Project Management for PhD Students

Prof. David Vernon
School of Informatics
University of Skövde

Course Outline |  Lecture Notes  | Textbook  |  Reading   |  Instruction  |  Assessment  |  Links  |  Timetable

Course Outline 

Critical success factors in the transition to independent research

  • Theoretical perspectives
  • Practical perspectives

Why project management?

  • Social developments
  • Reluctance to plan ahead
  • Project management for PhDs
  • Plan every last detail?

From theory to practice

  • Characteristics of a project
  • Classic project management
  • Project-based creativity

Rhythm and time management

  • Personal rhythm
  • What tasks do you have?
  • Planning tasks
  • Important or urgent?

Manage your PhD

  • The Big Question
  • Product or Process
  • Time as a starting point
  • The Planning System for PhDs
  • Getting started
  • Difficult times


  • Thinking about your future
  • Formulating goals
  • Make SMART objectives
  • Action plan

Time to write

  • Writing process step by step
  • Writing and supervision
  • Problems with writing


  • Who do you work together with
  • How do you work together?
  • Supervision
  • Schedule meetings
  • Dealing with conflicting interests

Finished in four years! A step-by-step plan

  • Ten steps
  • In conclusion

The transition to post-doc: managing research in a successful university

  • What are the characteristics of a successful university?
  • Strategic management in universities

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Lecture Notes

Lecture 01: Course Overview and Critical Success Factors
Lecture 13: Managing Successful Universities
Lecture 14: Project Scheduling

All other lectures are based on the course text and are prepared by the students (see below).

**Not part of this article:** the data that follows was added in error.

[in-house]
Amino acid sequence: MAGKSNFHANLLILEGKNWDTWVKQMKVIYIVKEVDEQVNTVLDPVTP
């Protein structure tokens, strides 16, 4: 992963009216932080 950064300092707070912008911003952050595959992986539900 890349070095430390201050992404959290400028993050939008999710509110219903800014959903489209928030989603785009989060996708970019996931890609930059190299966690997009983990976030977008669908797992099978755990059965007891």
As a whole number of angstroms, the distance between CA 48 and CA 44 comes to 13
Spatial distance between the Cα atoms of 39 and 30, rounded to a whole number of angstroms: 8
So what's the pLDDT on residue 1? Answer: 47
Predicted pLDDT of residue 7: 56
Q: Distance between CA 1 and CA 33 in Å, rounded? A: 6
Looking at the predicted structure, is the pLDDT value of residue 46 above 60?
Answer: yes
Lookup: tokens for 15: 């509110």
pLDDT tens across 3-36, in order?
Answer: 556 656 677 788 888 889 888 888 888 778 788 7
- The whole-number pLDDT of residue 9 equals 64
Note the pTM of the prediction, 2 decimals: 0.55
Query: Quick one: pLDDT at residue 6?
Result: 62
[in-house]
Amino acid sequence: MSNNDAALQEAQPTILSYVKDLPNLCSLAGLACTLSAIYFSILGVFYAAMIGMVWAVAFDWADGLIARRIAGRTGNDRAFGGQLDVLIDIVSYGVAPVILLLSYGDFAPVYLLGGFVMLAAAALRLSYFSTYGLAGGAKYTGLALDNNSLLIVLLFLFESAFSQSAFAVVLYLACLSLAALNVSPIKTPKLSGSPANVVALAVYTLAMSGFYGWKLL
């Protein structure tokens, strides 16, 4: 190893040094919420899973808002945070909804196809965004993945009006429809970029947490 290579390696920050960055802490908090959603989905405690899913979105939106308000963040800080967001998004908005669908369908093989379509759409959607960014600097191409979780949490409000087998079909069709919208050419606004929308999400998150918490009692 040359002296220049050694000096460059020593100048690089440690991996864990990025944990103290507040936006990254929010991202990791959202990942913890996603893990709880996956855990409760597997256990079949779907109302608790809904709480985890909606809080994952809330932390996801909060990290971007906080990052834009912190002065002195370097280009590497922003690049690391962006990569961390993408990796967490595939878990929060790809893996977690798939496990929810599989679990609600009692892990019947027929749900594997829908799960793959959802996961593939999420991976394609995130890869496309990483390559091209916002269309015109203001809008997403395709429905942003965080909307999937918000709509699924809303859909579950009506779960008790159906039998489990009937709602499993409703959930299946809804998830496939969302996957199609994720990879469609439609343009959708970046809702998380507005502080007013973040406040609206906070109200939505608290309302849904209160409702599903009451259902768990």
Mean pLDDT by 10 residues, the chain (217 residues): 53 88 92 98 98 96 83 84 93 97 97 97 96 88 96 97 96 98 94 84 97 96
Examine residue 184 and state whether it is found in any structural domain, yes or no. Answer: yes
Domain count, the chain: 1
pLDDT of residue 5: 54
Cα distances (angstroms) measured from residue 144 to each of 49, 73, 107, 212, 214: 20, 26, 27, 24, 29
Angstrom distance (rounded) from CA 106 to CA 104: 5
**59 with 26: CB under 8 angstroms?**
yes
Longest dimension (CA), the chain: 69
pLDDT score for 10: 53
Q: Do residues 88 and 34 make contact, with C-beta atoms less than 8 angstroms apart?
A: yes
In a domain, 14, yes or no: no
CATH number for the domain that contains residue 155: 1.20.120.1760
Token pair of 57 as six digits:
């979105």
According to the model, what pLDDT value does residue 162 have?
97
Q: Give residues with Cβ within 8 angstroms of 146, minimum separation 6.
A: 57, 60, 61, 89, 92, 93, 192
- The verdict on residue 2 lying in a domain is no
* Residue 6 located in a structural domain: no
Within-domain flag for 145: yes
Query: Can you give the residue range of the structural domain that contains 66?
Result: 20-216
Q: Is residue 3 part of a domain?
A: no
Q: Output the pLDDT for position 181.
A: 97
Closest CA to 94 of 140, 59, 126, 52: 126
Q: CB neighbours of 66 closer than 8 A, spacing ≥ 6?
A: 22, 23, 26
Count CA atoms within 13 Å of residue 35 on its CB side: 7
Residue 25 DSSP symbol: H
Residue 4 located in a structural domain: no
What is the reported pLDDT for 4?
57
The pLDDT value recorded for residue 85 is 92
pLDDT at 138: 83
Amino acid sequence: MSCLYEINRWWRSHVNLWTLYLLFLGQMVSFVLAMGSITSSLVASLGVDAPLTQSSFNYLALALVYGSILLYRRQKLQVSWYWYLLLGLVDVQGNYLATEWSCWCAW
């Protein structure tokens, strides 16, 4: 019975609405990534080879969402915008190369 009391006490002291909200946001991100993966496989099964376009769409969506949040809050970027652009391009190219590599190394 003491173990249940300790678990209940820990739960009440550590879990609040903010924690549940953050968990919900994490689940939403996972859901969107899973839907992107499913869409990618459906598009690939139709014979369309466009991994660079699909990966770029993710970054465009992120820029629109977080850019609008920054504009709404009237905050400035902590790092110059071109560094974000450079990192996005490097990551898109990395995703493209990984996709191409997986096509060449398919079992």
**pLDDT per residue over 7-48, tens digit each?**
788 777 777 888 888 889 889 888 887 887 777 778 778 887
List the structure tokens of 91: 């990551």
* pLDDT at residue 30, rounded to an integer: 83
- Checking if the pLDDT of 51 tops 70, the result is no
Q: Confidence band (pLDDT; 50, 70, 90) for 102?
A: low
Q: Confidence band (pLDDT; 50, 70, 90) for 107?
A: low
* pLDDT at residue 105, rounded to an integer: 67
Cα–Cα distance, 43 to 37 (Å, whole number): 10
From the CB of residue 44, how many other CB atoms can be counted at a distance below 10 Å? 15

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Course Textbook

J. de Bruin and B. Hertz, Project Management for PhDs, Eleven International Publishing, The Hague (2010).

Follow the link above to buy either a physical or an electronic copy of the book

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Essential Reading 

B. E. Lovitts, "The Transition to Independent Research: Who Makes It, Who Doesn't, and Why", The Journal of Higher Education, Vol. 79, No. 3, pp. 296-325 (2008). 

M. Shattock, Managing Successful Universities, Second Edition, McGraw Hill (2010); Chapters 1-2 

Abstracts from Shattock 

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Student Instruction

This course will adopt an inverted approach to student instruction.  For each class, the students must prepare a presentation that would be suitable for teaching the material under each of the ten headings in the Course Outline above.

The material under the first and tenth heading should be abstracted from the [Lovitts 2008] and [Shattock 2010], respectively (see Essential Reading above) and the material under the remaining headings should be abstracted from the corresponding chapter in the course textbook.

During the class, each student will present his material and the lecturers will play the role of students.  After the presentation, lecturers and students will review the material delivered and discuss how it might be improved.

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Student Assessment

There will be six short assignments based exercises in Chapters 2-8 of the course textbook.  All exercises must be completed successfully to pass the course.  The specific exercises will be assigned as the course progresses.

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Course Documentation

Course Plan IT920F
Kursplan IT7920F

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David Vernon's Personal Website